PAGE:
The top picture shows two Jora 270's with two Scotty's HotBoxes in the background
the second picture show the larger Scotspin (which has the advantage of coming completely assembled - unlike the Jora which is flatpacked) see more on the Scotspin by downloading the PDF file 'how to use your Scotspin' on the right hand menu
Small tumblers such as the Jora 270, the Jora 400 and the Scotspin are ideal for food waste because they are insulated, other tumblers will also work when the weather is warm.
If you tumble daily you can maintain high temperatures, especially if you keep feeding with fresh waste, sometimes it seems as though you can never fill the chamber, and of course you must leave some space or it will not tumble effectively. When you approach this stage, stop adding more fresh material but keep tumbling. The temperature will start to fall off after a while without fresh material being added.
In order to maximise the use of the tumbler it’s a good idea to move the contents into a maturation bay for the maturation stage of composting. The Scotty’s Hot Box is ideal for this as it has a large capacity and is a challenge for rodents to break into, but you could make a secure maturation bay out of, for instance concrete blocks on a solid base and make a secure lid, or use a New Zealand Box which was rat proofed with weld mesh.
I’ve found that rats are only likely to expend a lot of energy in breaking in if there is fresh food to be had – not after two weeks or so hot composting in an in vessel system.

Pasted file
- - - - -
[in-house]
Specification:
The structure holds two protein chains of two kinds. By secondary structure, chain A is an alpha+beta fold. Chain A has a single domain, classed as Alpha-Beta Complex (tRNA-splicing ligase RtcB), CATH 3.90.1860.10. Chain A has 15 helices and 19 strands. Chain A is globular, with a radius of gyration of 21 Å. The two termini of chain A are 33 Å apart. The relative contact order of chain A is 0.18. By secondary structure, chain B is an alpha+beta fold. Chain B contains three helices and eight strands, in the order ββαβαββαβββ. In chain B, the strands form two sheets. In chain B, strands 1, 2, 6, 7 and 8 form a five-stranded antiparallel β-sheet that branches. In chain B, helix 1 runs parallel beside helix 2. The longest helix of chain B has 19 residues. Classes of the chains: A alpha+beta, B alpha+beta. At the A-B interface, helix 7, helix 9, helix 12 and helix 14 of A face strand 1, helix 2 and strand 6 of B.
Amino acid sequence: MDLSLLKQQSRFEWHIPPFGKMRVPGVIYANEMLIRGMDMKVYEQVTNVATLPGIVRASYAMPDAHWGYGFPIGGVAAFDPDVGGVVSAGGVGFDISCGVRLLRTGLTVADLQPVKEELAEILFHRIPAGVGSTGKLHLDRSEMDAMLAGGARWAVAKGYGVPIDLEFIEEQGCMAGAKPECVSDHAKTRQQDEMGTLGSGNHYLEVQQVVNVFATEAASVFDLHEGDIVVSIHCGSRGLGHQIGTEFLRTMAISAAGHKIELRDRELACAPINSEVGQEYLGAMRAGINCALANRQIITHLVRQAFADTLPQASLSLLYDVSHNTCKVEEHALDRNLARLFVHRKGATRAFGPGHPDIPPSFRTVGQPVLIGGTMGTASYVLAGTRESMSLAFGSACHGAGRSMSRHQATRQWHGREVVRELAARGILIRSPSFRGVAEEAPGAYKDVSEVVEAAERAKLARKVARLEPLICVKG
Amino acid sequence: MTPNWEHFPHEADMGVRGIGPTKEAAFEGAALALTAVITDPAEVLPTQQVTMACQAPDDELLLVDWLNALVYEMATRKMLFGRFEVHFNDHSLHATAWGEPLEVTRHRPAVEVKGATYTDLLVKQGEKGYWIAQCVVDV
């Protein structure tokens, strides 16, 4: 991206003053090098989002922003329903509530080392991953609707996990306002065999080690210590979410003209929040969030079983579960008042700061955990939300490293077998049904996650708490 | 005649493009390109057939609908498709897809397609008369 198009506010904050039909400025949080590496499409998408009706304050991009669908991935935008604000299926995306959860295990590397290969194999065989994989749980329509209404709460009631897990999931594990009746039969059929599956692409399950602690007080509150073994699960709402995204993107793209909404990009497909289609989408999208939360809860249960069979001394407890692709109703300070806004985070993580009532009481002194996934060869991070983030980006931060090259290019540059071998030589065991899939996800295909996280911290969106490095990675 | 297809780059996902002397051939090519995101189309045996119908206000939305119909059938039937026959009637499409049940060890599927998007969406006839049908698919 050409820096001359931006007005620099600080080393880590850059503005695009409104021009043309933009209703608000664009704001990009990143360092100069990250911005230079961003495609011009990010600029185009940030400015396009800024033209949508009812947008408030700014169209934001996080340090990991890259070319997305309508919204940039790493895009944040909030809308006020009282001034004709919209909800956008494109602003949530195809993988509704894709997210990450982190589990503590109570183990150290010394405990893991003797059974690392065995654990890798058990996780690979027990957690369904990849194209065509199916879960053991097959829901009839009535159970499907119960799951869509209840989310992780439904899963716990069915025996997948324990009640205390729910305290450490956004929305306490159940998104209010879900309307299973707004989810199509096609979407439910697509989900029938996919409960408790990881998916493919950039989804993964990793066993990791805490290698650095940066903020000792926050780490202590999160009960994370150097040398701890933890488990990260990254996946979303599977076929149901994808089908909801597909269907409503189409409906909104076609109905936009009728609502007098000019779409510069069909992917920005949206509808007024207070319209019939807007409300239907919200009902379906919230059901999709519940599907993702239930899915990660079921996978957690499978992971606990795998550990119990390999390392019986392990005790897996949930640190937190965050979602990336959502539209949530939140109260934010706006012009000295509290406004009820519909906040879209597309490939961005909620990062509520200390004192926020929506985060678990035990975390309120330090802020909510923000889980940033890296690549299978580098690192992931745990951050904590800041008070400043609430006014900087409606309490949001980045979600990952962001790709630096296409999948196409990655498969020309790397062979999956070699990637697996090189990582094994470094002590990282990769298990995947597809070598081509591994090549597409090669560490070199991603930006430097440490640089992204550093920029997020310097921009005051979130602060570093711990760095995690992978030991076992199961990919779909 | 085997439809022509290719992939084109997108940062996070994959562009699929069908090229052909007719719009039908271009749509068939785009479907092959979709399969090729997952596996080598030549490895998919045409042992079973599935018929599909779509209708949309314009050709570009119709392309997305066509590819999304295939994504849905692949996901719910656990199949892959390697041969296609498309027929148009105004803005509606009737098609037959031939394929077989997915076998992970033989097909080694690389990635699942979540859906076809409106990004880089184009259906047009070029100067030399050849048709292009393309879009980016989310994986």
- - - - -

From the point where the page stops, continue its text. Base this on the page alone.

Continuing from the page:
The Jora manufacturers claim that you can put about 20 kilos a week into the Jora 270 a week. And when one half is too full to add any more you move onto the other side. But that is in order to produce completely finished compost ready to go on the garden. I find that although these systems are great at the first hot phase of composting and the manufactures all claim that they produce finished compost, in fact the last maturation phase of composting cannot be hurried and I think you really need the worms to finish off the process. So, if you are not trying to produce finished compost, but use your in-vessel composter to do the first three stages of composting then all you need is a long maturation stage. This way you can put a lot more than the manufacturers recommended throughput. If you do not wait for the compost to mature you can put at least three times the recommended amount through the system.
Pros of tumblers
- Makes the job of turning your compost very easy
- Secure and sealed in vessel means that rats and mice and most flies etc cannot get in and so great for food waste
- Insulated tumblers work through the winter
- Accelerates the composting process – especially the volatile hot first phase.
- They are also useful for dealing with perennial weeds, and for mixing materials. The compost they produce can be used directly on the garden, or can be placed in a covered pile in your garden to enable it to mature to a finer product.
Cons of tumblers
- Can get very heavy and difficult to turn
- Insulation wears thin (on Jora – although they have now acted on feedback and claim to have improved their insulation material)
- Clips and hinges and other moving parts can deteriorate and fail to function. (Jora – again acting on feedback they have improved the design of their machines)
- They take up quite a bit of space.
- A supply of, ideally dry, woodchip needed to mix with the food waste.
- Prone to get small fruit flies if not getting the mix right and maintaining high temperatures.